This is primarily because 888 has negotiated a £250m discount on its payment to William Hill’s current owner Caesars Entertainment on completion, from £834.9m to £584.9m.
Caesars is however entitled to receive a deferred payment of up to £100m dependent on 888’s EBITDA performance for the 12-month period ending 31 December 2023. The operator must generate EBITDA of £428m or more if Caesars is to receive the full £100m.
Pay the penalty
888 said the new price would better reflect the change in both the macroeconomic and regulatory environment since the acquisition was originally announced in September 2021.
Crucially, the company has today highlighted an imminent compliance threat to William Hill in the shape of enforcement action from the Gambling Commission.
The regulator is conducting an ongoing licence review into William Hill after it raised questions over social responsibility and anti-money laundering procedures following compliance assessments in July and August of last year.
However, 888 will be indemnified against the outcome of the review, with Caesars set to cover the cost if the investigation ends in licence suspension or licensing conditions for William Hill or its related subsidiaries, including Mr Green, post-completion of the deal.
Caesars will accept liability for any licence suspension imposed by the Gambling Commission as long as it does not exceed £152m, while any licence conditions will be covered below £78m.
Raising the stakes888 will also conduct a placing of up to 70.8 million new ordinary shares in the company, representing approximately 19% of its overall capital.
The placing will be launched immediately and the net proceeds will be used to partially fund the acquisition of William Hill at the newly reduced price.
This is welcome news for investors, as it means 888 will no longer need to conduct the previously announced share rights issue it sought to raise £500m of gross proceeds.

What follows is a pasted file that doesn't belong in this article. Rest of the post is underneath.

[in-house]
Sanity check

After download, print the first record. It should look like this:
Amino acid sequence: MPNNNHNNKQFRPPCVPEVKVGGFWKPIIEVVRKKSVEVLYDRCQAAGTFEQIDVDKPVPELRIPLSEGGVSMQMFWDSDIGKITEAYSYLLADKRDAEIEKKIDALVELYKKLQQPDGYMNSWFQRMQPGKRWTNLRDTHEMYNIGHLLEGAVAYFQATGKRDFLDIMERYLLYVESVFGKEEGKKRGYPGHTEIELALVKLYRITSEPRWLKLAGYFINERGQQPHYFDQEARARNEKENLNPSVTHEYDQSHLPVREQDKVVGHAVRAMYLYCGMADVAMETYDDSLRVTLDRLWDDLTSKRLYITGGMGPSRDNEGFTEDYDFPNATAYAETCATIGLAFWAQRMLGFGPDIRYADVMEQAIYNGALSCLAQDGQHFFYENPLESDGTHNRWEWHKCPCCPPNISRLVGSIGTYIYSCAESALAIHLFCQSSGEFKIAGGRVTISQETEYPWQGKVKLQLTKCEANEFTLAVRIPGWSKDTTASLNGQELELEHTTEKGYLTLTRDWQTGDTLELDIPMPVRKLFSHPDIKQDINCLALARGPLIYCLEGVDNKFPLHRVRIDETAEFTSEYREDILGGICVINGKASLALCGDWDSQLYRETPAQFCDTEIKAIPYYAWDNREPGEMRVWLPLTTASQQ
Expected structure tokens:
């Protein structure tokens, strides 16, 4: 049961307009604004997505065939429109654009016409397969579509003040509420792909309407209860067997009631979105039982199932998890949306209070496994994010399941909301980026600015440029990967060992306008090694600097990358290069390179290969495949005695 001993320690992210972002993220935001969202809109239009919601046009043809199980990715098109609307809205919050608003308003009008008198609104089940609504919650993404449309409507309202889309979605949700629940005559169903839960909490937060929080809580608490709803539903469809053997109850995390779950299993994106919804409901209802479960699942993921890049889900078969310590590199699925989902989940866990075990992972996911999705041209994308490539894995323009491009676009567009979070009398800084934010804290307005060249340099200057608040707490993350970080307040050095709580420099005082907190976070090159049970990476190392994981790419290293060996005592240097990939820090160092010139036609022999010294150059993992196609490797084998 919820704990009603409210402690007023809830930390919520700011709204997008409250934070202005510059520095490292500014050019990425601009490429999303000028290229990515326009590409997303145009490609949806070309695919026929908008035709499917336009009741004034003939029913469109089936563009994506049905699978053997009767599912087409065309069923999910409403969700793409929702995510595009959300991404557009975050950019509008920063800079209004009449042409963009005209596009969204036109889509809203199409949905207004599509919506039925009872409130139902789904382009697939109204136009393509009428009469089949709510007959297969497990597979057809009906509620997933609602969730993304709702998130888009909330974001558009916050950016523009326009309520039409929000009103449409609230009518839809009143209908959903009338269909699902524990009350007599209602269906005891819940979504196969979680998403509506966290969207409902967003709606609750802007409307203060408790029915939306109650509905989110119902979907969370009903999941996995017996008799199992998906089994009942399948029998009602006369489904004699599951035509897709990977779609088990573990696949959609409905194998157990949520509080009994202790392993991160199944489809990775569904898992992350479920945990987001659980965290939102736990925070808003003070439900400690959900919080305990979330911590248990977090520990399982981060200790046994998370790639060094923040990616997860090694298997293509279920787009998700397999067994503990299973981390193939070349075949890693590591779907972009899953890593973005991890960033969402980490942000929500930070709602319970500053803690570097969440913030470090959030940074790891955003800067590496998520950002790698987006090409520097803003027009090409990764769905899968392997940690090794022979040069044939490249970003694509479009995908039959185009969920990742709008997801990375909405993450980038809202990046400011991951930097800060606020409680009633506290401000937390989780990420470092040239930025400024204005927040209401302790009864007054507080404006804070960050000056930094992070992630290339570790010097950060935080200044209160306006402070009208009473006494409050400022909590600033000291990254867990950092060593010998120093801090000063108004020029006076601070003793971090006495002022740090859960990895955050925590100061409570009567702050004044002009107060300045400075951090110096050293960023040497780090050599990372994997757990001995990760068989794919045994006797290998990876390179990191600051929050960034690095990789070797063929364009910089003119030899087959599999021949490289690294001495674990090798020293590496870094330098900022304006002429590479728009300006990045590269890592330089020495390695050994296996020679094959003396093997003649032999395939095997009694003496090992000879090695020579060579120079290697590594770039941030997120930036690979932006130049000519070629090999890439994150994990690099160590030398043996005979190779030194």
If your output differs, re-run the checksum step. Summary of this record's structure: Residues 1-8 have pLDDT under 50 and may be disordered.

To fund the rest of the transaction, 888 has committed to debt financing from J.P. Morgan, Morgan Stanley, Mediobanca and Barclays Bank of approximately £2.1bn, as well as a fully committed revolving credit facility of £150m.
Peel Hunt analyst Ivor Jones said: “888 has chipped the price it will pay for William Hill and reduced the initial cash consideration required, such that the equity issue is reduced in scale to a placing.
“We are positive about the potential benefits of this transformation of 888 and management’s ability to realise those benefits. We reiterate our 600p target price and Buy recommendation,” he added.
Providing a trading update for Q1 2022, 888 said revenue was expected to be between £222m and £226m with a more detailed synopsis to come later in the month.
In the 52-week period ending 28 December 2021, William Hill revenue came in at £1.24bn and adjusted EBITDA reached £164.4m.
Regulus Partners analyst Paul Leyland said: “We continue to see the 888-WH deal as highly attractive, increased debt levels notwithstanding.
“However, the need to reinvent UK retail might be more pressing than is broadly recognised given the sluggish return to pre-pandemic levels of activity on an ‘LfL’ basis despite massive cuts in supply (ie, the market is far from ‘LfL’).
“The digital synergies, betting-led brand exposure, enhanced localisation, and emerging omnichannel potential can all provide powerful strategic growth options for 888, but the revised terms nevertheless demonstrates that the post-pandemic world is not without risk,” he added.